"Look, I really like it here. But I have this other job offer that came out of the blue and they

  • In this economy, any prospects for growth are iffy at best. I just recently hired a guy who had been promised growth opportunities at his last job and they never materialized. The number one question I ask when considering changing jobs is, "Why did the person who had this position before leave?" The way that question is answered will speak volumes about what you are getting into. Usually, people do not leave good jobs, and if they do, they do not do so lightly.

    Going from a company that does software pr

  • I have a fairly simple way of breaking the deadlock on these types of decisions.

    FLIP A COIN

    If you're looking to go two out of three... its not the one the coin landed on... you've made your choice
    If you're not looking to go two out of three... it is the one the coin landed on... you've made your choice

  • by cptdondo (59460) on Wednesday September 12, 2012 @08:55PM (#41319159) Journal

    was in leaving a job I loved to take a job that sucked but paid a lot more. 2 years of that job almost killed me.

    Now on the other hand, if you're really serious, take a handful of people in the new company out to lunch. Buy them pizza, and talk to them. About life, interests, girlfriends, families, and see if they're a good fit. Don't talk to your bosses, talk to your peers in the new company, and the people who would work for you. That's the people who can help you make the decision.

  • by melted (227442) on Wednesday September 12, 2012 @09:00PM (#41319181) Homepage

    I'd rather regret the things I've done than the things I didn't do. Nothing ventured—nothing gained. But since you're in doubt and have a stable job, you might as well use that and get them to pay you more. What's a few tens of thousands of dollars between friends, right?

  • by ktappe (747125) on Thursday September 13, 2012 @12:51AM (#41320391)
    Many posts will talk about happiness and growth and pay. I will concentrate on age. I was all with you staying at your current job and being happy until I saw the one crucial tidbit: You're 40. That's the killer age after which finding a job in IT becomes very difficult. The job you have at age 40 is likely the IT job you'll be stuck at until you retire. Companies deny it, but they hire 20-somethings because they're cheap and (the companies think) they're moldable to anything they want them to be (they aren't).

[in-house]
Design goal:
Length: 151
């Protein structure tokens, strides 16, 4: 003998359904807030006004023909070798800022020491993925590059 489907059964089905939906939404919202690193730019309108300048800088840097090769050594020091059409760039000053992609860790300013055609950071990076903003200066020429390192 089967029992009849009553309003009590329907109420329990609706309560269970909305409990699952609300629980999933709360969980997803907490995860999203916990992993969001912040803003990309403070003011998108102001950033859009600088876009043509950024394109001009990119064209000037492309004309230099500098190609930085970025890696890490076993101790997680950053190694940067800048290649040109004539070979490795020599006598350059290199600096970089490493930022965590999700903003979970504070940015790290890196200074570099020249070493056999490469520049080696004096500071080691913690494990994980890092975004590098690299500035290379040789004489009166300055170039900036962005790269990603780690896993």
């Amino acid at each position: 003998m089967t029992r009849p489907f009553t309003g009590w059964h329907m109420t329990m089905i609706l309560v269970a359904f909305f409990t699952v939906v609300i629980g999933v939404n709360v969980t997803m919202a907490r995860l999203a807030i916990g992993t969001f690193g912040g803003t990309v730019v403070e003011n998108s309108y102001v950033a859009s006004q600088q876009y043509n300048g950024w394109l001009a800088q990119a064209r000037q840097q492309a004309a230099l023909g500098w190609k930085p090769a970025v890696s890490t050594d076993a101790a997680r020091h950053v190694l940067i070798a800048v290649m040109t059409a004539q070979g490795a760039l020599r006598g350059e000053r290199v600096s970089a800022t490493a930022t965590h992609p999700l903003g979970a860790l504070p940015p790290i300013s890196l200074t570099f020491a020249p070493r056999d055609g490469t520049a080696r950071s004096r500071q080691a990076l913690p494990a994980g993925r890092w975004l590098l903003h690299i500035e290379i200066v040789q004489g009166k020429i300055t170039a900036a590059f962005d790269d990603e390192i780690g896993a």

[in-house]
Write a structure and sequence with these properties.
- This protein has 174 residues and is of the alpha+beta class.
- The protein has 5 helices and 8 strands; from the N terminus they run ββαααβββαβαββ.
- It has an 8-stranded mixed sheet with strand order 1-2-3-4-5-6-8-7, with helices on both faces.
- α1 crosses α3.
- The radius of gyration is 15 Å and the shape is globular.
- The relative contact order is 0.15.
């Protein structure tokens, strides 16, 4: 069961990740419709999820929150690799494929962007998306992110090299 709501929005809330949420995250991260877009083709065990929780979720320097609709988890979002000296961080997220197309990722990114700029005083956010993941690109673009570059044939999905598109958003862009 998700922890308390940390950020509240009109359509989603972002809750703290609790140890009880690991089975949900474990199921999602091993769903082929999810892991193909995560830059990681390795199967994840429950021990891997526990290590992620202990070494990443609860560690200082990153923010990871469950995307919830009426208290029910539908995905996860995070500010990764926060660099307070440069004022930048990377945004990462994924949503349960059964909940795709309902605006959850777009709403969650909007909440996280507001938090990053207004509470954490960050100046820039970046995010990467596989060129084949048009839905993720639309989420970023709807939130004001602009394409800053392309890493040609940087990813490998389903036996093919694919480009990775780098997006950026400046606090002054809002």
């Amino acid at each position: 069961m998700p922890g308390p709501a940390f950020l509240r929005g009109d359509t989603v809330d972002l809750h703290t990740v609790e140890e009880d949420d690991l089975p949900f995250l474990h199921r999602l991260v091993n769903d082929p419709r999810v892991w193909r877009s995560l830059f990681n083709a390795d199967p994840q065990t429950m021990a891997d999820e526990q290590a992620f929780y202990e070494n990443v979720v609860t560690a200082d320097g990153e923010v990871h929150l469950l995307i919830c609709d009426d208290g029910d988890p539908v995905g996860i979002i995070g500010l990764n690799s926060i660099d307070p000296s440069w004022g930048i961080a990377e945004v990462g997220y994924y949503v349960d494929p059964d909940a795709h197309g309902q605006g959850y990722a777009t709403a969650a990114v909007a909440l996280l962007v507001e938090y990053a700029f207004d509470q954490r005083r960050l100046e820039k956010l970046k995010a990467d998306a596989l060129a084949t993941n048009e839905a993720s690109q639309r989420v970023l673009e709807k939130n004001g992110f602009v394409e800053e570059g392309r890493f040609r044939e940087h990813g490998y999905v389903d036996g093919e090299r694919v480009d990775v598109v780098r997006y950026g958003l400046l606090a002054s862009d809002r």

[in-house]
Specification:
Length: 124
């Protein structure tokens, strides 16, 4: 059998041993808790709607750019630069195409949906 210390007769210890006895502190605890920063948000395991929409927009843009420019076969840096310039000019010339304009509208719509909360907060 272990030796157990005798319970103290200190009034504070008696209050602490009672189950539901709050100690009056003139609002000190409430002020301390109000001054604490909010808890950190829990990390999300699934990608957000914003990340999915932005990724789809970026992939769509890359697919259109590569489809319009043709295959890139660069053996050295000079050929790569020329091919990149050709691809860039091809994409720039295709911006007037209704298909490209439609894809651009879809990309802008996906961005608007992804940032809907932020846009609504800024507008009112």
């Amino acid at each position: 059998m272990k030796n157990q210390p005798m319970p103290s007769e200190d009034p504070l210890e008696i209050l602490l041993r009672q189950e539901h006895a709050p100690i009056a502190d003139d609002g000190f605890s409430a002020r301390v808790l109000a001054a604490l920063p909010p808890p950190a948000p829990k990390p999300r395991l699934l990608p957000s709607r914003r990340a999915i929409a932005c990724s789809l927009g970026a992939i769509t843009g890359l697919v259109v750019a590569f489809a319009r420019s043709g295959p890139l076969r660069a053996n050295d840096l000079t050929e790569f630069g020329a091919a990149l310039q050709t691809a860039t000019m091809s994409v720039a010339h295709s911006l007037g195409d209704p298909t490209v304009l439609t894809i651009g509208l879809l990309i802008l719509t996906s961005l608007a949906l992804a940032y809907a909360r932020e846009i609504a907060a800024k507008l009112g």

Don't think my post is coming from a young'un who is putting down older workers; I'm 44. You're literally at the end of your rope, career-wise and so am I. You have a chance to get a 10% raise and transition into management (away from the deathtrap of IT). OMFG, DO IT NOW NOW NOW. Do it while you can. Get the money now before the industry pegs you a "has been".

    Seriously. Go. Even if your'e a bit less happy you'll be better off career-wise and retirement-wise. It's the adult, smart choice. Go.

  • You are the 1% (Score:4, Insightful)

    by slick_rick (193080) * <rwrslashdot AT rowell DOT info> on Thursday September 13, 2012 @01:12AM (#41320515) Homepage Journal

    If you love your job, you are the 1%. Most people dread going to work. A 10% bump in pay is not going to change that for the vast majority of them. Money is just money, happiness is a state of being. Not long ago, I was offered a 50% raise to leave my senior position at a small company to go work for a much larger one. Negotiations went well until the very end. In the "afterhour" when it was apparent the job was mine, I happened to ask about the desktop. Being a senior employee at a small company, I am accustomed to having vast flexibility. The norm is two desktops, one Linux and another Windows for testing, with a trio of monitors, plus a Mac laptop so all the major platforms can be tested. I was informed they run Windows XP, IT evaluates ALL hardware requests, and that is that. It was then I realized that trading guru status in a small company for being just another random coder at a large corporation would require a huge revision of expectations. In the end my family helped me decide that time with them (work at home now), happiness with my day to day computing experience, and overall flexibility was worth more then a 25% raise after taxes and commuting expenses.

    Your situation is yours however, good luck, and I hope it works out well for you.